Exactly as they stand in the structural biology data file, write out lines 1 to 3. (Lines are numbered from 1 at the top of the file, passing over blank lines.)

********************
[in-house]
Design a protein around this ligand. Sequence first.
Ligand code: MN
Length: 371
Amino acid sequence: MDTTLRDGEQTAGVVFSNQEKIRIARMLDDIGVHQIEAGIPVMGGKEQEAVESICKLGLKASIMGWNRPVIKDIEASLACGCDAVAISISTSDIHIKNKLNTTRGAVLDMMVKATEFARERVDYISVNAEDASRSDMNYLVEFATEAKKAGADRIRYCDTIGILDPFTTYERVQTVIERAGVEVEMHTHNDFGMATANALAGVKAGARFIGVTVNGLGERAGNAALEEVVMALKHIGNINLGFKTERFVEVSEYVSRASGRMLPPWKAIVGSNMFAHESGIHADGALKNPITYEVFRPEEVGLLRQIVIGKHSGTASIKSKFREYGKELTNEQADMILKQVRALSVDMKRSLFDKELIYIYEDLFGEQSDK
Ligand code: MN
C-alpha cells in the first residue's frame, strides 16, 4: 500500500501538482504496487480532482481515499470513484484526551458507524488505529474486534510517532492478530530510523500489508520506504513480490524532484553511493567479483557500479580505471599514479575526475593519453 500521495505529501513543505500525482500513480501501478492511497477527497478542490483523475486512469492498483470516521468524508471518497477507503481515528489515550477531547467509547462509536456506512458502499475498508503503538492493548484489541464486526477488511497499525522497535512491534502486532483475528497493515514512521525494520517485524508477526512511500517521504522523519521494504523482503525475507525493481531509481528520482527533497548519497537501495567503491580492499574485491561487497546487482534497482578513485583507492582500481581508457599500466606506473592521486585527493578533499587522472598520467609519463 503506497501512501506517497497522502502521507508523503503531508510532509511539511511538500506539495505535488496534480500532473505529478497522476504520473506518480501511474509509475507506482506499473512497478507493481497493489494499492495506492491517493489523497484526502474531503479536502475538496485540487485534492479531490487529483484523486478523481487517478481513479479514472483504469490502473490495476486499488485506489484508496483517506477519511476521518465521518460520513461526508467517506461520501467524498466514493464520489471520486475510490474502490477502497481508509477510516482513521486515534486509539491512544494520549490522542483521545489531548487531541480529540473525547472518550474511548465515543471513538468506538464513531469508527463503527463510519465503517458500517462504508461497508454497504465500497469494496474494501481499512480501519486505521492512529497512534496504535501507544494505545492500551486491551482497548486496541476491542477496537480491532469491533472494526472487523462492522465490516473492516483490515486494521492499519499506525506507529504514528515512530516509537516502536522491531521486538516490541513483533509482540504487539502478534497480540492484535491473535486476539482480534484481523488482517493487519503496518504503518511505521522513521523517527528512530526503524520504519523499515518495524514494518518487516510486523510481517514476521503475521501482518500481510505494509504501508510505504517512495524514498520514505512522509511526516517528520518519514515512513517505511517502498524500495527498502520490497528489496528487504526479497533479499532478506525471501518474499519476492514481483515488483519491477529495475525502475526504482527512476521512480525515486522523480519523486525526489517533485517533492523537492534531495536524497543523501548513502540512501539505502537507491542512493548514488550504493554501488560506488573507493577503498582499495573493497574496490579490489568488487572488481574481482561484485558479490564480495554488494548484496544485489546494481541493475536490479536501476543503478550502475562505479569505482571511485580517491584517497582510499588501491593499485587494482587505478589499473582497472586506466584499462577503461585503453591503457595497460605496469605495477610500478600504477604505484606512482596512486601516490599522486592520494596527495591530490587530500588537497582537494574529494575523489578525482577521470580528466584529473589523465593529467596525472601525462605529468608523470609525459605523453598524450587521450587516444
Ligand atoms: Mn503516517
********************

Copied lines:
[in-house]
Design a protein around this ligand. Sequence first.
Ligand code: MN